Three times the congratulations.



Seattle Center, Opera House, 292-ARTS $20-$75 7 p.m. Fri., Sept. 14


Madrona Dance Studio, 800 Lake Washington Blvd., 325-4161 $10, $50, $150 6 p.m. Sat., Sept. 29

MARTHA NISHITANI 4205 University Way N.E., 633-2456

ANNIVERSARIES are like birthdays. They help mark the passage of time and remind us to take a look at our achievements. This is especially true in dance, where a performing career is often quite short—so it's particularly sweet when someone celebrates a milestone.

Patricia Barker has been dancing with Pacific Northwest Ballet since 1981, and her development from enthusiastic novice to accomplished ballerina has been so fluid it's been easy to take her skills for granted. Over the past several years, though, as the company has taken an increasingly larger role in the national ballet scene, Barker has become not just a skilled performer, but one of the significant ballerinas of her generation.

Her personal repertory is quite broad, from the postmodern edge of William Forsythe's choreography to the 19th-century classicism of Marius Petipa, but she is particularly at home in the works of George Balanchine, whose ballets are a significant part of the PNB rep. Her dancing is both sleek and powerful, fulfilling the elegant athleticism of his material. Seeing her in a work such as the pas de deux from Agon, which she'll perform in her anniversary gala, is like watching a lesson in neoclassical style, where the effortless command of ballet technique serves the exploration of physical potential. Her commitment to the immediacy of the moment focuses our attention as well, so that the lifting of an arm or grasping of a hand becomes the most important thing in the world, for that instant.

RATHER THAN concentrating on performing, Dale Merrill of Spectrum Dance Theater has filled many roles during his 20 years with that company. He's danced, yes, but he's also taught, choreographed, and coached; written grants and designed costumes; narrated lecture-demonstrations; and, occasionally, taken out the garbage. During the last two decades he's helped to shepherd the group from a small ensemble performing a bit of everything to a jazz company with a growing national reputation.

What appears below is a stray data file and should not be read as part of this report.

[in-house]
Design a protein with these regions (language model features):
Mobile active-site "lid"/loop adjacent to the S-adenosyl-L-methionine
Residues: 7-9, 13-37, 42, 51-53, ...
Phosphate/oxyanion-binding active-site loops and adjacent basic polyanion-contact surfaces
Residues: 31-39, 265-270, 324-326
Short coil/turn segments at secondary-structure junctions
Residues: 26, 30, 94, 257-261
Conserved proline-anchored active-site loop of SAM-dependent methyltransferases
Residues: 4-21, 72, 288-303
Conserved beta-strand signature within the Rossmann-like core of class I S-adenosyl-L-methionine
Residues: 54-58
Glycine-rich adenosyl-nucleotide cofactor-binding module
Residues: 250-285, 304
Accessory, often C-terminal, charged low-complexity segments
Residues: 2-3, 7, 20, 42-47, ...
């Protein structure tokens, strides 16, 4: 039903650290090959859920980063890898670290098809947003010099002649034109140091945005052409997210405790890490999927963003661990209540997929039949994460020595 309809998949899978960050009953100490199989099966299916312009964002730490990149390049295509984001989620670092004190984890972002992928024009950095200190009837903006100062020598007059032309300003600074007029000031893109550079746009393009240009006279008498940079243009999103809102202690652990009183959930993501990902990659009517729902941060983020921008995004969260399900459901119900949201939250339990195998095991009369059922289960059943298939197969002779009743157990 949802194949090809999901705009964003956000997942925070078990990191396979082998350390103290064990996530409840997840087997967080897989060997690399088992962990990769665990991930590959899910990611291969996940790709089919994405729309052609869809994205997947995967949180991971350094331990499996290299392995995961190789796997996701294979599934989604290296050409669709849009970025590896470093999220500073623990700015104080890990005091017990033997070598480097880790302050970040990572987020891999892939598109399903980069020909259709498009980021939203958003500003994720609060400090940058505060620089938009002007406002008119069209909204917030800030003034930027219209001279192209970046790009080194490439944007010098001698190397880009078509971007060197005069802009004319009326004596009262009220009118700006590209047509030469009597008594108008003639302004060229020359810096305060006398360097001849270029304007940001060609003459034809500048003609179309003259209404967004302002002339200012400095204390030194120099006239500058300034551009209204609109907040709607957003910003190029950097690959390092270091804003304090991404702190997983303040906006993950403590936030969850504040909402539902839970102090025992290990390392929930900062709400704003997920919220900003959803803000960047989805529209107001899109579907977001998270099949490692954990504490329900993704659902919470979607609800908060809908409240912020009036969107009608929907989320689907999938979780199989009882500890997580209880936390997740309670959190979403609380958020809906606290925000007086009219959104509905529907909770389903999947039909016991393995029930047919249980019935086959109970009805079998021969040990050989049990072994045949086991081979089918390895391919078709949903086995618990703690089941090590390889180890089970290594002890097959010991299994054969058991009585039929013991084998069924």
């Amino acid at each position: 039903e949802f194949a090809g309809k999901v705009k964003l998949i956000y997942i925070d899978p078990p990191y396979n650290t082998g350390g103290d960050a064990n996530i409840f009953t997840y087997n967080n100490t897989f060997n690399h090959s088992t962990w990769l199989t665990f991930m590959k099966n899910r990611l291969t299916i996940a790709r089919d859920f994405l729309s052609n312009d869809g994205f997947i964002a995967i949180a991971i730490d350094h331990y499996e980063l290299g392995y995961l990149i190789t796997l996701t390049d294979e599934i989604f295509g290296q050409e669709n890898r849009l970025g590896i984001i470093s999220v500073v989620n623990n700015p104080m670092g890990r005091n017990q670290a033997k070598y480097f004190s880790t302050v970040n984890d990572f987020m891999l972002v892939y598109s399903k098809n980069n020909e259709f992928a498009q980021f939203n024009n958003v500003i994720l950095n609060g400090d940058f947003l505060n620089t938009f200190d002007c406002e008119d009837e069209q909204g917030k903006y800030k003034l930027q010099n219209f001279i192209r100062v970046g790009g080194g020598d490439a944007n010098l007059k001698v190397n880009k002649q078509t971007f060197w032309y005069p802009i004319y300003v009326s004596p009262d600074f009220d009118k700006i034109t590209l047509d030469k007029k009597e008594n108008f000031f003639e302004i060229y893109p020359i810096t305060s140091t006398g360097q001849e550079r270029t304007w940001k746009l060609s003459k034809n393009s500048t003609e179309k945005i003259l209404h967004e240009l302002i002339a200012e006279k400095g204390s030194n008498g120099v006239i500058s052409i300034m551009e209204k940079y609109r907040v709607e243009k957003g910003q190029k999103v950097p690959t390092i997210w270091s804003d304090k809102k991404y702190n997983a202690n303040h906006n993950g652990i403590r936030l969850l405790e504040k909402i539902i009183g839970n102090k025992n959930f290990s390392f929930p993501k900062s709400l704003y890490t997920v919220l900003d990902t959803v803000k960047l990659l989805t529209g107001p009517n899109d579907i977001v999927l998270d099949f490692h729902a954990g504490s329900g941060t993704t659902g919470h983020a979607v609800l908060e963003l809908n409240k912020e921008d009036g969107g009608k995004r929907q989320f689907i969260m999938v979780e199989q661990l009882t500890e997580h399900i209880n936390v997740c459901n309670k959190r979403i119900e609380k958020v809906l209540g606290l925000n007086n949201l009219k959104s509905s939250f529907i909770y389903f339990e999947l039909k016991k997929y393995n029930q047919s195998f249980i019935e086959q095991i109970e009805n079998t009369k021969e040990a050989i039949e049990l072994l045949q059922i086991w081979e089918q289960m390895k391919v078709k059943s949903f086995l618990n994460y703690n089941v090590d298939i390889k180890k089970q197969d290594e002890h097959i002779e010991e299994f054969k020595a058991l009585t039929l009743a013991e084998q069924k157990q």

"At the beginning, we all performed in each other's works—it was the only way we could all get dancers," he admits. From that early time until their performance last month at the Jazz Dance World Congress in Monterrey, Mexico, Merrill's role with the company has continued to evolve, but his ambitions have remained steady.

"My main goal has been to involve more people with dance. It isn't just sitting back and watching pretty dancers dance, although we all love to do that, but getting in there and having that experience. I see kids in the public schools exposed to dance . . . adults going through transitions in their lives, going back to an activity they loved when they were a kid; professionals from the company going from rehearsal to teaching little kids, transferring that energy to them."

Merrill says he really hadn't thought much about this anniversary with the company until a friend asked him how long he'd been working with Spectrum, "and I realized I've been teaching on Thursday night at 7:30 for 20 years. I've been in the same studio for 20 years!"

IN HER University District studio, Martha Nishitani celebrated an even more significant landmark last year: 50 years teaching modern dance to children and adults. She was first exposed to the art form in the 1930s as a student in a groundbreaking program run by Katherine Wolfe through the Seattle Public Schools. Walking to the changing room from a tap class she looked into another studio and saw a group of young women in flowing tunics that rose and fell as the dancers rushed through the space, and immediately thought, "That's for me!"

Her enthusiasm for the thrill of movement helped carry her through some difficult times, including internment during WWII, but her career has been full of some significant firsts as well. After performing with modern dance pioneer Eleanor King, Nishitani stepped out on her own. She was invited to choreograph for the University of Washington's Opera Theater in the 1950s and '60s, working on Gian-Carlo Menotti's The Unicorn, the Gorgon and the Manticore and an innovative production of C.W. Gluck's Orpheus, with the singers in the orchestra pit and her dancers onstage.

Like most teachers, she is as proud of her student's accomplishments as of her own—several of her dancers have gone on to perform for Merce Cunningham, Robert Joffrey, and Mark Morris. In her 80s now, Nishitani has slowed down, but every autumn she still starts a new year at her studio. "It's the only thing I know how to do and I love doing it. I don't see any reason why I should stop!" And in a field in which longevity is the exception rather than the rule, the love that these three artists have for dance is a force that has kept them onstage or in the studio all these years.

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